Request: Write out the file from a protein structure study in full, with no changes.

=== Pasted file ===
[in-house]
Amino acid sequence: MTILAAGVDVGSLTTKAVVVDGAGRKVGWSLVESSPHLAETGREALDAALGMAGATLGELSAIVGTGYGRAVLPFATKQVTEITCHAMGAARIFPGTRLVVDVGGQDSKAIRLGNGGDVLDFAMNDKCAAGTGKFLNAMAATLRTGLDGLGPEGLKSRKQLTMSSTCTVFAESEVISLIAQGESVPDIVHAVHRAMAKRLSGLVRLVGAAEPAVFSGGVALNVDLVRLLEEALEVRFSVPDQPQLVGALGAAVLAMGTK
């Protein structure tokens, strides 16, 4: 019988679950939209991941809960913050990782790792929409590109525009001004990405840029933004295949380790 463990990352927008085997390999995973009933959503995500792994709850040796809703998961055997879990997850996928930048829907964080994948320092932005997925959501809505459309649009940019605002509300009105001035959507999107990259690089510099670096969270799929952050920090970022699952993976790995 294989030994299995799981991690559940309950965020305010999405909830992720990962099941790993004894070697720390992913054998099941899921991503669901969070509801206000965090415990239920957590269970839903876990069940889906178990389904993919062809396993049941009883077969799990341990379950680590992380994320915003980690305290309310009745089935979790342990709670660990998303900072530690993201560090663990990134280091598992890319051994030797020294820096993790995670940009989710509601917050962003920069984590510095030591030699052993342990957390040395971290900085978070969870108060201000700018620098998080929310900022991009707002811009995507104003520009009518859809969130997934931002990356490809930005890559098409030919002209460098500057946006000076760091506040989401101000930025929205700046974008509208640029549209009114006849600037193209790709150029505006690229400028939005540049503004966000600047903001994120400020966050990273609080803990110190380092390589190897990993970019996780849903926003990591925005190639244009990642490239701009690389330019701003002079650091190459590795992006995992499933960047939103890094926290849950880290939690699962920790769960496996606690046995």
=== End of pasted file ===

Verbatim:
[in-house]
Amino acid sequence: MTILAAGVDVGSLTTKAVVVDGAGRKVGWSLVESSPHLAETGREALDAALGMAGATLGELSAIVGTGYGRAVLPFATKQVTEITCHAMGAARIFPGTRLVVDVGGQDSKAIRLGNGGDVLDFAMNDKCAAGTGKFLNAMAATLRTGLDGLGPEGLKSRKQLTMSSTCTVFAESEVISLIAQGESVPDIVHAVHRAMAKRLSGLVRLVGAAEPAVFSGGVALNVDLVRLLEEALEVRFSVPDQPQLVGALGAAVLAMGTK
């Protein structure tokens, strides 16, 4: 019988679950939209991941809960913050990782790792929409590109525009001004990405840029933004295949380790 463990990352927008085997390999995973009933959503995500792994709850040796809703998961055997879990997850996928930048829907964080994948320092932005997925959501809505459309649009940019605002509300009105001035959507999107990259690089510099670096969270799929952050920090970022699952993976790995 294989030994299995799981991690559940309950965020305010999405909830992720990962099941790993004894070697720390992913054998099941899921991503669901969070509801206000965090415990239920957590269970839903876990069940889906178990389904993919062809396993049941009883077969799990341990379950680590992380994320915003980690305290309310009745089935979790342990709670660990998303900072530690993201560090663990990134280091598992890319051994030797020294820096993790995670940009989710509601917050962003920069984590510095030591030699052993342990957390040395971290900085978070969870108060201000700018620098998080929310900022991009707002811009995507104003520009009518859809969130997934931002990356490809930005890559098409030919002209460098500057946006000076760091506040989401101000930025929205700046974008509208640029549209009114006849600037193209790709150029505006690229400028939005540049503004966000600047903001994120400020966050990273609080803990110190380092390589190897990993970019996780849903926003990591925005190639244009990642490239701009690389330019701003002079650091190459590795992006995992499933960047939103890094926290849950880290939690699962920790769960496996606690046995």